TikTok owner Bytedance said workers who had travelled should quarantine themselves at home for a fortnight.

HSBC, Exxon Mobil and Brazilian mining giant Vale SA also banned travel to Hong Kong and China.

Airlines take a hit as flights suspended

IAG-owned British Airways (IAG.L) announced on Wednesday it had halted direct flight bookings to Beijing and Shanghai, following other airlines in tearing up timetables.

Finnair, United Airlines, Air Canada, Air Seoul and Taiwan’s China Airlnies have also cancelled some flights.

Hong Kong’s flag carrier Cathay Pacific (CPCAY) and sister airline Cathay Dragon slashed at least half its flight capacity until the end of March. Staff were reported to have been offered months of unpaid leave.

Taiwan’s China Airlines scrapped hot meals, blankets and newspapers on flights to protect customers and crew, encouraging passengers to bring their own drinks bottles.

READ MORE: Hong Kong stocks slump on coronavirus travel lockdown

The US government decided against suspending all flights, but is said to be still considering a ban.

The airline industry is bracing for a financial hit as after the SARS outbreak in the early 2000s, with some forecasts for Chinese growth sliding.

Consultancy Boyd Group International said it had slashed its 8.1% prediction for airport traffic growth in China by more than half.

Fuel producers could also feel the pinch, with jet fuel prices dropping and some 2020 forecasts for oil and jet fuel demand also sinking.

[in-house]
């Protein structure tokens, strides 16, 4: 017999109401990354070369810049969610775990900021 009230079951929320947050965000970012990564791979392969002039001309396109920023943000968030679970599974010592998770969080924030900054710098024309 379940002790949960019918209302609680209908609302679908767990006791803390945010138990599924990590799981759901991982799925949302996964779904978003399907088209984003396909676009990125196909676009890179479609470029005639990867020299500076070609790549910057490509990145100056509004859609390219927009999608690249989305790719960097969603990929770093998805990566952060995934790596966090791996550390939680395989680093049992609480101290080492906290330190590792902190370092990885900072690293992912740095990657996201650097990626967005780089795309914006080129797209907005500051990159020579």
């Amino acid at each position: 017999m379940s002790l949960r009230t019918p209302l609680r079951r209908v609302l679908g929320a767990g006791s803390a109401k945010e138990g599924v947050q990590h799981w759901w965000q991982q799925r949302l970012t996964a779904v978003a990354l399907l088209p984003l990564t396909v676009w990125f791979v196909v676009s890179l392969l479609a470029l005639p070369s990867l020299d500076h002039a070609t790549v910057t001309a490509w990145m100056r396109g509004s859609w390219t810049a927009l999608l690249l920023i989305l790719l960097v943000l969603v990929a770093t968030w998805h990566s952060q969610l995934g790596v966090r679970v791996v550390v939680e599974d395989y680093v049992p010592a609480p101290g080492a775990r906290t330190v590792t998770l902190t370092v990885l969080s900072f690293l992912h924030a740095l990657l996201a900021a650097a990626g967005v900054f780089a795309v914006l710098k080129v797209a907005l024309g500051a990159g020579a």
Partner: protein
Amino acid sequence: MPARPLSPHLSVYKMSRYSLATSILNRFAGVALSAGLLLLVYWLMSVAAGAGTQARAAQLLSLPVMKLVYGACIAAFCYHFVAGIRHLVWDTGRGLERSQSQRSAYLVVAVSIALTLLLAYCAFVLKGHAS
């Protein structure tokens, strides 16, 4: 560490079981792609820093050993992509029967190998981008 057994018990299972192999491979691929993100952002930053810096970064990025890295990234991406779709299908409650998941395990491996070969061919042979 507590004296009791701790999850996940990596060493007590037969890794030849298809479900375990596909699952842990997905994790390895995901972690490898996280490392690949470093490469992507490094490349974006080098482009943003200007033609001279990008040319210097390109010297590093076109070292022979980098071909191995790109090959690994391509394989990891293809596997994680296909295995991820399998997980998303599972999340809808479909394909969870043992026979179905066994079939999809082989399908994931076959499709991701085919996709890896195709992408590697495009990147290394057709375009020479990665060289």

Hotels and travel firms refund cancelled trips

A man with a child walk past Grand Hyatt Hotel near Chang'an Avenue ahead of the 70th anniversary of People's Republic of China in Beijing, China September 19, 2019. Picture taken September 19, 2019. REUTERS/Florence Lo
Grand Hyatt Hotel in Beijing, China. Photo: REUTERS/Florence Lo

Falling passenger numbers is hitting not only airlines but also the wider travel industry.

The Foreign Office has urged UK citizens to avoid mainland China for all but essential travel.

Hyatt Hotels (H) said guests were cancelling because of the outbreak, and some European tour operators have cancelled trips scheduled in China.

Intercontinental Hotels (IHG.L) said it would let customers cancel or re-book stays across China booked up to 3 February.

China’s biggest online booking giant Ctrip reported thousands of Chinese hotels on its site had agreed to refund cancelled bookings up to 8 February.

Multiple cruise lines are also reported to have suspended cruise journeys scheduled to stop off in China this week.

Scientists race to create a vaccine

Pharmaceutical giant Johnson & Johnson announced it had launched a project hoping to develop a vaccine “with the potential to protect people against the disease.”

“In order to meet the needs of this outbreak, we have dozens of scientists working tirelessly on this effort right now,” said its chief scientific officer Paul Stoffels.

Meanwhile China’s Tsinghua University said it had dropped its paywall for a giant scientific database to give access to researchers around the world.

Another team at the Peter Doherty Institute for Infection and Immunity in Melbourne, Australia, said they had developed a lab-grown version of the new virus and would share it with laboratories around the world.